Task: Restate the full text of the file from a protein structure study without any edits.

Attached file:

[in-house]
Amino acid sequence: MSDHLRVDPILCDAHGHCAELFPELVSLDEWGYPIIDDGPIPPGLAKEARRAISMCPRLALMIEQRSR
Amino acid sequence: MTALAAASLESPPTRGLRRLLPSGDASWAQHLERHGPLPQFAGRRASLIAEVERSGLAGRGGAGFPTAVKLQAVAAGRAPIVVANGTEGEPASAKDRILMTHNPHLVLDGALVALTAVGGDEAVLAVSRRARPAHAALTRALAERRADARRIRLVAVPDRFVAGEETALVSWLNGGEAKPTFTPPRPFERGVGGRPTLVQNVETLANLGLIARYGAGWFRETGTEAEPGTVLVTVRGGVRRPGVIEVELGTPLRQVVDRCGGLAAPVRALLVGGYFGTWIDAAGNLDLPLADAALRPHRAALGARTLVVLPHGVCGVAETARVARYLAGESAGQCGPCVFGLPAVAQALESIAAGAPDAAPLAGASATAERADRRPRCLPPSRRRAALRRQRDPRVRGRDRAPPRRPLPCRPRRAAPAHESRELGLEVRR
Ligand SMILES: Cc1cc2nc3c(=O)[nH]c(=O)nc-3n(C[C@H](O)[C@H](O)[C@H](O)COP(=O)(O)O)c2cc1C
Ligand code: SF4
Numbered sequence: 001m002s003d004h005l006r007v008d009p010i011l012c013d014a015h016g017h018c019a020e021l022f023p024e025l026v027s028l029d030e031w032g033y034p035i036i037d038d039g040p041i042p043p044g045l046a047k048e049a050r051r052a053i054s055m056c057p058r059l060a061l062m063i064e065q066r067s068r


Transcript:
[in-house]
Amino acid sequence: MSDHLRVDPILCDAHGHCAELFPELVSLDEWGYPIIDDGPIPPGLAKEARRAISMCPRLALMIEQRSR
Amino acid sequence: MTALAAASLESPPTRGLRRLLPSGDASWAQHLERHGPLPQFAGRRASLIAEVERSGLAGRGGAGFPTAVKLQAVAAGRAPIVVANGTEGEPASAKDRILMTHNPHLVLDGALVALTAVGGDEAVLAVSRRARPAHAALTRALAERRADARRIRLVAVPDRFVAGEETALVSWLNGGEAKPTFTPPRPFERGVGGRPTLVQNVETLANLGLIARYGAGWFRETGTEAEPGTVLVTVRGGVRRPGVIEVELGTPLRQVVDRCGGLAAPVRALLVGGYFGTWIDAAGNLDLPLADAALRPHRAALGARTLVVLPHGVCGVAETARVARYLAGESAGQCGPCVFGLPAVAQALESIAAGAPDAAPLAGASATAERADRRPRCLPPSRRRAALRRQRDPRVRGRDRAPPRRPLPCRPRRAAPAHESRELGLEVRR
Ligand SMILES: Cc1cc2nc3c(=O)[nH]c(=O)nc-3n(C[C@H](O)[C@H](O)[C@H](O)COP(=O)(O)O)c2cc1C
Ligand code: SF4
Numbered sequence: 001m002s003d004h005l006r007v008d009p010i011l012c013d014a015h016g017h018c019a020e021l022f023p024e025l026v027s028l029d030e031w032g033y034p035i036i037d038d039g040p041i042p043p044g045l046a047k048e049a050r051r052a053i054s055m056c057p058r059l060a061l062m063i064e065q066r067s068r